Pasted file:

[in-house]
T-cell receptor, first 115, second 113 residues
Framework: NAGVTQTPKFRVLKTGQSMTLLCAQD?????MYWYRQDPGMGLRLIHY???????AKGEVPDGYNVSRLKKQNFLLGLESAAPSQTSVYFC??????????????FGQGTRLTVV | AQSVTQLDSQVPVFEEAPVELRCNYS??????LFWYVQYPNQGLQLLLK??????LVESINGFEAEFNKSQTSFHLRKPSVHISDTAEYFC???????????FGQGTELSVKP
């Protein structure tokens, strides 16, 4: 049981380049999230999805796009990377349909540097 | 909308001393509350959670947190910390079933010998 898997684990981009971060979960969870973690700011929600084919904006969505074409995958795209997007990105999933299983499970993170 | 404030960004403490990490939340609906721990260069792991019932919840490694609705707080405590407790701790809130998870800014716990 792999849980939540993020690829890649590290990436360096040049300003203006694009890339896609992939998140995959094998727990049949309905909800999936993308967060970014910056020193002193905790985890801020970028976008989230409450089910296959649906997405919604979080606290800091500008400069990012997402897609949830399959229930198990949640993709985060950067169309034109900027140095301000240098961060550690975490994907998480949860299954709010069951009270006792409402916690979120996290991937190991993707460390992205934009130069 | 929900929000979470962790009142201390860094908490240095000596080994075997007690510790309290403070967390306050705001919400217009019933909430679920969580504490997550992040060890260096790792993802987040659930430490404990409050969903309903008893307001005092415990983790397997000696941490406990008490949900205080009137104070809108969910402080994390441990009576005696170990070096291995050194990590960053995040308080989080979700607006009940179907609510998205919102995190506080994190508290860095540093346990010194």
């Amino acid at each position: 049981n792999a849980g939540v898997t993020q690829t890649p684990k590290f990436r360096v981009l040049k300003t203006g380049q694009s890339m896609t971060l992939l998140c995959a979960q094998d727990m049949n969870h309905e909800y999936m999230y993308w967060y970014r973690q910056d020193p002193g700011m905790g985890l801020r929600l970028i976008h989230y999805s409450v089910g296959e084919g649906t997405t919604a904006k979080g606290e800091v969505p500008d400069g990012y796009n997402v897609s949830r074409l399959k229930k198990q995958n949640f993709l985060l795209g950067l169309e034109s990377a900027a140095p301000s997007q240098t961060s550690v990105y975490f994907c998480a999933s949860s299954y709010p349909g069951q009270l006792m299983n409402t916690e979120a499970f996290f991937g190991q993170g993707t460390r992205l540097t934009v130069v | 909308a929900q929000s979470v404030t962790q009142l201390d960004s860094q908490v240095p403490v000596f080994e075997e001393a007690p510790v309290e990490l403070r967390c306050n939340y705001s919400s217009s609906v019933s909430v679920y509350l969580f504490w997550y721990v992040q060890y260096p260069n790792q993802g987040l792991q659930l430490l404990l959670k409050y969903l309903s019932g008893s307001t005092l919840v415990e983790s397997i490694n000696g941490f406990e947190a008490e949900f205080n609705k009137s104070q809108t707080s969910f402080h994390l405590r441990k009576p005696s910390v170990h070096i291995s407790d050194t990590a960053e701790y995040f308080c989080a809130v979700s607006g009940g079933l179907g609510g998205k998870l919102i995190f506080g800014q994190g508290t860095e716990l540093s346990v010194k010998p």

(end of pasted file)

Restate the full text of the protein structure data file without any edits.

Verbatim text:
[in-house]
T-cell receptor, first 115, second 113 residues
Framework: NAGVTQTPKFRVLKTGQSMTLLCAQD?????MYWYRQDPGMGLRLIHY???????AKGEVPDGYNVSRLKKQNFLLGLESAAPSQTSVYFC??????????????FGQGTRLTVV | AQSVTQLDSQVPVFEEAPVELRCNYS??????LFWYVQYPNQGLQLLLK??????LVESINGFEAEFNKSQTSFHLRKPSVHISDTAEYFC???????????FGQGTELSVKP
């Protein structure tokens, strides 16, 4: 049981380049999230999805796009990377349909540097 | 909308001393509350959670947190910390079933010998 898997684990981009971060979960969870973690700011929600084919904006969505074409995958795209997007990105999933299983499970993170 | 404030960004403490990490939340609906721990260069792991019932919840490694609705707080405590407790701790809130998870800014716990 792999849980939540993020690829890649590290990436360096040049300003203006694009890339896609992939998140995959094998727990049949309905909800999936993308967060970014910056020193002193905790985890801020970028976008989230409450089910296959649906997405919604979080606290800091500008400069990012997402897609949830399959229930198990949640993709985060950067169309034109900027140095301000240098961060550690975490994907998480949860299954709010069951009270006792409402916690979120996290991937190991993707460390992205934009130069 | 929900929000979470962790009142201390860094908490240095000596080994075997007690510790309290403070967390306050705001919400217009019933909430679920969580504490997550992040060890260096790792993802987040659930430490404990409050969903309903008893307001005092415990983790397997000696941490406990008490949900205080009137104070809108969910402080994390441990009576005696170990070096291995050194990590960053995040308080989080979700607006009940179907609510998205919102995190506080994190508290860095540093346990010194």
């Amino acid at each position: 049981n792999a849980g939540v898997t993020q690829t890649p684990k590290f990436r360096v981009l040049k300003t203006g380049q694009s890339m896609t971060l992939l998140c995959a979960q094998d727990m049949n969870h309905e909800y999936m999230y993308w967060y970014r973690q910056d020193p002193g700011m905790g985890l801020r929600l970028i976008h989230y999805s409450v089910g296959e084919g649906t997405t919604a904006k979080g606290e800091v969505p500008d400069g990012y796009n997402v897609s949830r074409l399959k229930k198990q995958n949640f993709l985060l795209g950067l169309e034109s990377a900027a140095p301000s997007q240098t961060s550690v990105y975490f994907c998480a999933s949860s299954y709010p349909g069951q009270l006792m299983n409402t916690e979120a499970f996290f991937g190991q993170g993707t460390r992205l540097t934009v130069v | 909308a929900q929000s979470v404030t962790q009142l201390d960004s860094q908490v240095p403490v000596f080994e075997e001393a007690p510790v309290e990490l403070r967390c306050n939340y705001s919400s217009s609906v019933s909430v679920y509350l969580f504490w997550y721990v992040q060890y260096p260069n790792q993802g987040l792991q659930l430490l404990l959670k409050y969903l309903s019932g008893s307001t005092l919840v415990e983790s397997i490694n000696g941490f406990e947190a008490e949900f205080n609705k009137s104070q809108t707080s969910f402080h994390l405590r441990k009576p005696s910390v170990h070096i291995s407790d050194t990590a960053e701790y995040f308080c989080a809130v979700s607006g009940g079933l179907g609510g998205k998870l919102i995190f506080g800014q994190g508290t860095e716990l540093s346990v010194k010998p």